Pressure has grown on Prime Minister David Cameron to increase Britain's involvement in sharing the burden of the hundreds of thousands of people arriving on European soil.
Mr Cameron has been warned his hopes of overhauling the European Union will be blocked if Britain refuses to accept more refugees from north Africa.
Austria and Germany - key allies in the Prime Minister's push for change in Brussels - have condemned the UK for not opening the doors to asylum seekers.
They warned Mr Cameron that "solidarity is not a one-way street" and said his hopes of renegotiating EU membership will be scuppered if he behaves like Britain is 'out of the club'.
Mr Cameron has promised to renegotiate Britain's membership of the EU before holding an in-out vote by the end of 2017.
Ms Cooper said yesterday: "If every city took 10 refugee families, if every London borough took 10 families, if every county council took 10 families, if Scotland, Wales and every English region played their part, then in a month we'd have nearly 10,000 more places for vulnerable refugees fleeing danger, seeking safety."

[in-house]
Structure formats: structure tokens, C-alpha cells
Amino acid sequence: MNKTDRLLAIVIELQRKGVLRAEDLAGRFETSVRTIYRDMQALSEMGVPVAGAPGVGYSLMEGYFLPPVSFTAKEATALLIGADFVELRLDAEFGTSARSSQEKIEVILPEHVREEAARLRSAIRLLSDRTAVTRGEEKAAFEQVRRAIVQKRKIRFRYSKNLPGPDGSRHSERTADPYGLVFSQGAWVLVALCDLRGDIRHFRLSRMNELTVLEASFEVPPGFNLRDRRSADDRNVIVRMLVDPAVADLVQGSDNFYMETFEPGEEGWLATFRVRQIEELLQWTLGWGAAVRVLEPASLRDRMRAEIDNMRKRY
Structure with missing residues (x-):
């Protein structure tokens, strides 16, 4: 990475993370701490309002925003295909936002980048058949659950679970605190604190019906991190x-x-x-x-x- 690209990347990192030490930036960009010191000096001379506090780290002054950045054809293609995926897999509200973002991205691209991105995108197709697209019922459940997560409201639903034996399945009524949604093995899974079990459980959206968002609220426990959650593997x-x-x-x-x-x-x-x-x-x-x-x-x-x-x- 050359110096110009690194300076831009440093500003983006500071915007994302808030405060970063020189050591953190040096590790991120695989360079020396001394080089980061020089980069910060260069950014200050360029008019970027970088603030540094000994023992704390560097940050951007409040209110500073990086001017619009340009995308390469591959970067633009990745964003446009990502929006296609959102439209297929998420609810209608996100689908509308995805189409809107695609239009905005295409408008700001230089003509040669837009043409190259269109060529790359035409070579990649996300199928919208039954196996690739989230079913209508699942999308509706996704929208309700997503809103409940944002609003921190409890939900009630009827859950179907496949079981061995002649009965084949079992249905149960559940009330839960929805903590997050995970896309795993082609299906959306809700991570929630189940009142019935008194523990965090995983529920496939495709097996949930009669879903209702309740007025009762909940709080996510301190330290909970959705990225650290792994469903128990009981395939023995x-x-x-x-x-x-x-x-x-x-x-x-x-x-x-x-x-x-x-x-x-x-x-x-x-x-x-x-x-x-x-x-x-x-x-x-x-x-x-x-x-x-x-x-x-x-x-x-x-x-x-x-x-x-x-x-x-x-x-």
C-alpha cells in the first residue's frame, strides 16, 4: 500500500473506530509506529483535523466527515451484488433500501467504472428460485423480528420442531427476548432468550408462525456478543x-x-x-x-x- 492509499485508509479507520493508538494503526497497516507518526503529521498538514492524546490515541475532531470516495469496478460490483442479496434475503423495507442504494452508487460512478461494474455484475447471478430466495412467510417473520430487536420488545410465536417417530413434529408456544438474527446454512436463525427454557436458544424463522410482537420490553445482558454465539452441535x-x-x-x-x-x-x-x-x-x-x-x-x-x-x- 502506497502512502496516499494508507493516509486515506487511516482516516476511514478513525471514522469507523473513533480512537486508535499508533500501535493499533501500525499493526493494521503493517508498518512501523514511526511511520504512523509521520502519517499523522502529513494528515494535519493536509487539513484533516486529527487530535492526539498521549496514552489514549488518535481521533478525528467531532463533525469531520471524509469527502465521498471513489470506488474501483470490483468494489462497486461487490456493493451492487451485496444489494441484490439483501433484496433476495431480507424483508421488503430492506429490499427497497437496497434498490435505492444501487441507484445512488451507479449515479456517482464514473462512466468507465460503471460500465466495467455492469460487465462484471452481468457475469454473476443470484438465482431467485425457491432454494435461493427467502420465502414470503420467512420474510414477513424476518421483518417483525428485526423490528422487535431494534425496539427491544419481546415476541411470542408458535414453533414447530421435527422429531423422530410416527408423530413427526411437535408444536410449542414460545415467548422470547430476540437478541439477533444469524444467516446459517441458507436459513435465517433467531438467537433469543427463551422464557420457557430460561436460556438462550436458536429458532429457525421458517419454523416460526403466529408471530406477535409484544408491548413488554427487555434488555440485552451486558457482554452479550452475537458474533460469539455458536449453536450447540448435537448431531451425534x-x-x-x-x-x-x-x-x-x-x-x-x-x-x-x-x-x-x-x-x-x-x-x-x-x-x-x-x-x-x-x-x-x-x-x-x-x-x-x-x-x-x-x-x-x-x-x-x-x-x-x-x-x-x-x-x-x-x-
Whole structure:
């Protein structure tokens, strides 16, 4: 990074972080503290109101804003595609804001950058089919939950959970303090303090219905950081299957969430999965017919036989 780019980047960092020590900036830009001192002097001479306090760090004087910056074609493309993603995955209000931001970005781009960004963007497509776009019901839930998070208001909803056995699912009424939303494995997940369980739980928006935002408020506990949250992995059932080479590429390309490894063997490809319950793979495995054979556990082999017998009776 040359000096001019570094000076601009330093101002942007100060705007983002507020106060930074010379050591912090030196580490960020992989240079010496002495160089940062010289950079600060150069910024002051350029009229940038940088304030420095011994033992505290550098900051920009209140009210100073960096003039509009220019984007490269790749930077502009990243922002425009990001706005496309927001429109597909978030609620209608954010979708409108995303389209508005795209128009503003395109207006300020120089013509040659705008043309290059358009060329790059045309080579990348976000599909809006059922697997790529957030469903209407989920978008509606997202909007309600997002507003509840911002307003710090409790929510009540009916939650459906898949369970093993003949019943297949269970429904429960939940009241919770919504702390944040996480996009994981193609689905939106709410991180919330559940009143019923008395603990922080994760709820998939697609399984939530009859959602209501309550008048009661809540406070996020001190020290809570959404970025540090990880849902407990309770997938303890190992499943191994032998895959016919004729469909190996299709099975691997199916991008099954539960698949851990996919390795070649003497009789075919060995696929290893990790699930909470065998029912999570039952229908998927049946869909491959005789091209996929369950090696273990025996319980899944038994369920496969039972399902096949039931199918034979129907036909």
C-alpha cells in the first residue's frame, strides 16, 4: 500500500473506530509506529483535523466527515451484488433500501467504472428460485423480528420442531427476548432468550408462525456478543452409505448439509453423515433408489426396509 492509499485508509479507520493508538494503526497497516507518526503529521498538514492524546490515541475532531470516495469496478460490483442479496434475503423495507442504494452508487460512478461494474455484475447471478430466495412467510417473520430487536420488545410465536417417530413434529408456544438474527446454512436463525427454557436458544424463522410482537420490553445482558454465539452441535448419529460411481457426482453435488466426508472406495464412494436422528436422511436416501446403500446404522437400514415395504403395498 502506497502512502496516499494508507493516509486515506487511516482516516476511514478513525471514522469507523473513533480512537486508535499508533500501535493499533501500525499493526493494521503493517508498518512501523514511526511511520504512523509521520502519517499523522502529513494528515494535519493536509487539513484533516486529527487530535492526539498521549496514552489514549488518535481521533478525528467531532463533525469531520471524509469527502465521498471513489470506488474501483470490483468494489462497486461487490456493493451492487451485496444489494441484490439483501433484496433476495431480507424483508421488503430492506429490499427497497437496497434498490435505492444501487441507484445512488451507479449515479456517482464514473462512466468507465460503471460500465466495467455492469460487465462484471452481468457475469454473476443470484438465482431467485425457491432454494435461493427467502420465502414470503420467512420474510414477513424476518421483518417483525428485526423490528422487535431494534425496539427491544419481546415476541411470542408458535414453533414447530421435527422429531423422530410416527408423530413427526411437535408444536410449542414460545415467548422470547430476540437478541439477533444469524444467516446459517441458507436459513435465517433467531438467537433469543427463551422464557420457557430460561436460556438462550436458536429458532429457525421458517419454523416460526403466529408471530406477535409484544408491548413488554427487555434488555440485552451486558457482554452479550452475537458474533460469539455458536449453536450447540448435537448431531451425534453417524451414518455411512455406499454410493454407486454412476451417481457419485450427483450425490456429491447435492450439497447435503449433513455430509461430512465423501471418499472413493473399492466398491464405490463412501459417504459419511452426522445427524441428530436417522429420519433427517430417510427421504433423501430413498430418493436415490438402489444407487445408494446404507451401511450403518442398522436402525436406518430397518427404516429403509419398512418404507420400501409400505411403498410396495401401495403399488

She said the failure to offer sanctuary to refugees trying to escape the 'new totalitarianism' of Islamic State in the Middle East was "immoral" and "cowardly".
And fellow Labour leadership contender Andy Burnham said the British government is treating the refugee crisis as if it is nothing more than a 'tedious inconvenience' for holidaymakers and urged the UK to 'share the burden of caring for genuine asylum seekers'.
- Daily Mail with additional reporting from Nicholas Jones at the New Zealand Herald